[JURIST] Turkish parliamentary speaker Koksal Toptan [personal website, in Turkish] called Saturday for changes to the structure of Turkey's parliament and constitution [text] in the aftermath of a decision [JURIST report] earlier this week by the Constitutional Court of Turkey [official website, in Turkish] striking down recent amendments to the constitution designed to ease a ban on headscarves [JURIST report] in universities. Toptan told a news conference in Ankara that the court had exploited its authority by voiding the amendments, which were passed [JURIST report] by the Grand National Assembly of Turkey in February by a vote of 403-107, and that constitutional reform and restoration of the upper house of parliament would be appropriate in the circumstances. He said the court had tried "to seize the power of parliament", and that restoring the senate would take pressure off of the court. The senate was abolished in the 1982 constitution as an unnecessary clog on the legislative process. AFP has more. AP has additional coverage.
The Constitutional Court struck down the amendments because it found that they violated the country's secular principles. Turkey's ruling Justice and Development Party [party website] (AKP) says it proposed the amendments to ensure equal access to higher education, but the pro-secular opposition Republican People's Party [party website, in Turkish] had appealed [JURIST report] to the Constitutional Court, insisting the ban on headscarves was necessary to protect the separation of religion and state.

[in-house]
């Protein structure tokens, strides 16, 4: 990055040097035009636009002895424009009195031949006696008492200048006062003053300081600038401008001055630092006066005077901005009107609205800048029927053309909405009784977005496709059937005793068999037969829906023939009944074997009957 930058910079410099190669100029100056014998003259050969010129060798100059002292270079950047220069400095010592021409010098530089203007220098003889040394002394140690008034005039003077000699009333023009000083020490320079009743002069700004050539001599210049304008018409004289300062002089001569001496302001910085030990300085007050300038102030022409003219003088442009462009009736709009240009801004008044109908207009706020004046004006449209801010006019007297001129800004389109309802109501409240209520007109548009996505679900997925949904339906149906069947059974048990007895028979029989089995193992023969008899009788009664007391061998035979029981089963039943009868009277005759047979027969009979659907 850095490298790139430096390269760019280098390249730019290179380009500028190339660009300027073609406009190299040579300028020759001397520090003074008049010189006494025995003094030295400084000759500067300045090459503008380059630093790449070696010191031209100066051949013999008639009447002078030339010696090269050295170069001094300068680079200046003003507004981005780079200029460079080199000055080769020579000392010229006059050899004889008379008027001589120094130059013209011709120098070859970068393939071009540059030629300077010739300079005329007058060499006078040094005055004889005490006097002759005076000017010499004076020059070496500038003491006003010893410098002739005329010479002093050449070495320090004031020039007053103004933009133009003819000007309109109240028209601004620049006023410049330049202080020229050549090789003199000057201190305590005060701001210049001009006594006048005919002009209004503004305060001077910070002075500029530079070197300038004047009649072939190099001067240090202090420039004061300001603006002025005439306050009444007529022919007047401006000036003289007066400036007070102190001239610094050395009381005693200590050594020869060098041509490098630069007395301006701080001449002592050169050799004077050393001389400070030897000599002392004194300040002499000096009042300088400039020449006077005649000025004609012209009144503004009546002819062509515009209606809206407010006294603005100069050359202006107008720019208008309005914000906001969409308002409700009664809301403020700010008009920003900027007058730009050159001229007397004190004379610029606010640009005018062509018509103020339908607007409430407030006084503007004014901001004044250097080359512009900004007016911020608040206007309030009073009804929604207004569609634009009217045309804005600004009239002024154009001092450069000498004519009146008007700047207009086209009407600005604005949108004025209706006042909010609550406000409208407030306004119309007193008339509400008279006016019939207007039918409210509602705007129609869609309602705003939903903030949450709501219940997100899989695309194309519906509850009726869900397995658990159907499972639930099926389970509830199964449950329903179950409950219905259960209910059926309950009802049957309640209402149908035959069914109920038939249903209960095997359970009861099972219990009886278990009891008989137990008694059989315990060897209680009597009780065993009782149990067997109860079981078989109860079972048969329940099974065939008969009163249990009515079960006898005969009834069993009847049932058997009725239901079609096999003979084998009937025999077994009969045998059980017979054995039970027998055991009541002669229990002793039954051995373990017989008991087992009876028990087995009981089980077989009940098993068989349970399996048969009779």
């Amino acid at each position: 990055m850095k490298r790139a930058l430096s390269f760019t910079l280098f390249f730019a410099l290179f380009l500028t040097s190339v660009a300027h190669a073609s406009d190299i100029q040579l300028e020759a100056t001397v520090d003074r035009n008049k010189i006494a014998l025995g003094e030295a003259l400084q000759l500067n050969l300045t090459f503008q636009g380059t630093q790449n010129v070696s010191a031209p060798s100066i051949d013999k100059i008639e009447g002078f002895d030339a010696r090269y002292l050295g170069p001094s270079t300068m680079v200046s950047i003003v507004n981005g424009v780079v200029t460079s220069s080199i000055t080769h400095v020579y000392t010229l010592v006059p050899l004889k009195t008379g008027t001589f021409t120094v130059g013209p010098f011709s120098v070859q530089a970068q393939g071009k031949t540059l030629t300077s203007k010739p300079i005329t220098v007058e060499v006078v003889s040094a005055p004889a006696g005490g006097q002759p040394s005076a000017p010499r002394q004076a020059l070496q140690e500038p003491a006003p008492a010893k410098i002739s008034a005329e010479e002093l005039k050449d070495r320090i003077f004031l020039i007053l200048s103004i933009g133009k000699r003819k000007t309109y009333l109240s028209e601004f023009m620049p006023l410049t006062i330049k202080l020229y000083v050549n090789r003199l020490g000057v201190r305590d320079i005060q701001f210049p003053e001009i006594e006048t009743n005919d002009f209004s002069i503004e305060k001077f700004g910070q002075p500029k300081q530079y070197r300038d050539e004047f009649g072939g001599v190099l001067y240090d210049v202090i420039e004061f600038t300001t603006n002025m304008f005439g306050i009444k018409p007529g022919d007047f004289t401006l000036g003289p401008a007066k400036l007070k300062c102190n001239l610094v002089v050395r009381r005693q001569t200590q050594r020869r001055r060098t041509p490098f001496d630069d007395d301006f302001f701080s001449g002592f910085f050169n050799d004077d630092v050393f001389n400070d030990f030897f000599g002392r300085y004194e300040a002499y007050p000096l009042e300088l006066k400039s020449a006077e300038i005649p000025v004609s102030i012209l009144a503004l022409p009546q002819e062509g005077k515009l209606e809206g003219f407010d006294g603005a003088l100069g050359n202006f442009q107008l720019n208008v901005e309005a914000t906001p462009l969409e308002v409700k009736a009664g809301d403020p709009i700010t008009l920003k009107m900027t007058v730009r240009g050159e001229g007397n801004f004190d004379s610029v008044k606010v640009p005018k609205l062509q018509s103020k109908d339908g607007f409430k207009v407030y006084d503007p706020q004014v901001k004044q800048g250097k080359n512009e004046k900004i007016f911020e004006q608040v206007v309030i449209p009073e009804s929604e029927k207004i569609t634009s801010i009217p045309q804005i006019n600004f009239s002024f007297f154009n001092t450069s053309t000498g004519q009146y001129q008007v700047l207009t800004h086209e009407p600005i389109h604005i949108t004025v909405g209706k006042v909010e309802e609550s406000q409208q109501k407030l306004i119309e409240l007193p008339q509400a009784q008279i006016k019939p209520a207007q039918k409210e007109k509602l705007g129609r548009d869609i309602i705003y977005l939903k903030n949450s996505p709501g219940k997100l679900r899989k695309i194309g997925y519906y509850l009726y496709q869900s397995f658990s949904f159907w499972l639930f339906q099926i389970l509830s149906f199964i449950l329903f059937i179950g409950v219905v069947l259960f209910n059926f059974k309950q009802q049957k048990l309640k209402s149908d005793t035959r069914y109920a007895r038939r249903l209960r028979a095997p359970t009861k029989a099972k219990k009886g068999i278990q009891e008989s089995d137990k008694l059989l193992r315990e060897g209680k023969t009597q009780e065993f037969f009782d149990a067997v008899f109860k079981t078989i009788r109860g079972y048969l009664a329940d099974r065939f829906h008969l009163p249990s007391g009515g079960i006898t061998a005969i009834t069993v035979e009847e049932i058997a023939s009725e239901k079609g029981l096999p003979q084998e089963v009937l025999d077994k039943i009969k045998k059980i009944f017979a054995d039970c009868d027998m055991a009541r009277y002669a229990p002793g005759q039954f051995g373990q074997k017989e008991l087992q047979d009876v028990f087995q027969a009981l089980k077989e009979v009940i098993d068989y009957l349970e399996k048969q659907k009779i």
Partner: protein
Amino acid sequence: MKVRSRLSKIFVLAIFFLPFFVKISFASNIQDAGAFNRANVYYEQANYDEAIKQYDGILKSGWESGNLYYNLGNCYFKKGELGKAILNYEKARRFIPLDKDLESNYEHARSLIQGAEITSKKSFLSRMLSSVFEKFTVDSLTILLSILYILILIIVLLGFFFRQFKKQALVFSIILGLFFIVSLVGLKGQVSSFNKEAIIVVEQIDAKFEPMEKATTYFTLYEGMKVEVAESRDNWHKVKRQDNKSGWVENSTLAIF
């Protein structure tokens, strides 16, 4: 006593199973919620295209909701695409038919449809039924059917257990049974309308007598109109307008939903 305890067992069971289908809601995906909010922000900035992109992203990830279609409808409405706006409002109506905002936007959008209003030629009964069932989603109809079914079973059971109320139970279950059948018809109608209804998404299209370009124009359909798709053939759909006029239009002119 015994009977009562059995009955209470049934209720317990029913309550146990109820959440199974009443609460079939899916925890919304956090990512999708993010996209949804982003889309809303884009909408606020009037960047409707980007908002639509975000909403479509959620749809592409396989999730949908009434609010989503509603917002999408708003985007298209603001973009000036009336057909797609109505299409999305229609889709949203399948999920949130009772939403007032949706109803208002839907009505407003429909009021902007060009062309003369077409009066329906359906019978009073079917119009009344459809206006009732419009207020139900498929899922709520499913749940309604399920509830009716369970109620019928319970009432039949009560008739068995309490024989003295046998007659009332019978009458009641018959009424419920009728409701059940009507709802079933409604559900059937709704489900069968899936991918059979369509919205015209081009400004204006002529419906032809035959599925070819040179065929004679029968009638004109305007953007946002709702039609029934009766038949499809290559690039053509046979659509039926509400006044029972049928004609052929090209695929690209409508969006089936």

[JURIST] The CEO of Exxon Mobil [corporate website], Rex Tillerson [corporate profile], said Saturday that Russia needs to make changes to its judicial system in order to attract foreign investment. Speaking at the St. Petersburg International Economic Forum (SPIEF) [official website], he said: "[Russia] must improve the functioning of its judicial system. There is no confidence in the rule of law in Russia today." Exxon operates large Esso and Mobil [corporate websites, in Russian] affiliates in the country. Reuters has more.
In a statement [text] issued Friday when the probe was publicly disclosed, Intel said it has and will continue to provide information to the FTC and that it has not acted illegally:
Since 2006 Intel has been working closely with the FTC on an informal inquiry into competition in the microprocessor market and has provided the commission staff with a considerable amount of information and thousands of documents.
Consistent with its standard practice Intel will work cooperatively with the FTC staff to comply with the subpoena and continue providing information. The company believes its business practices are well within U.S. law. The evidence that this industry is fiercely competitive and working is compelling.
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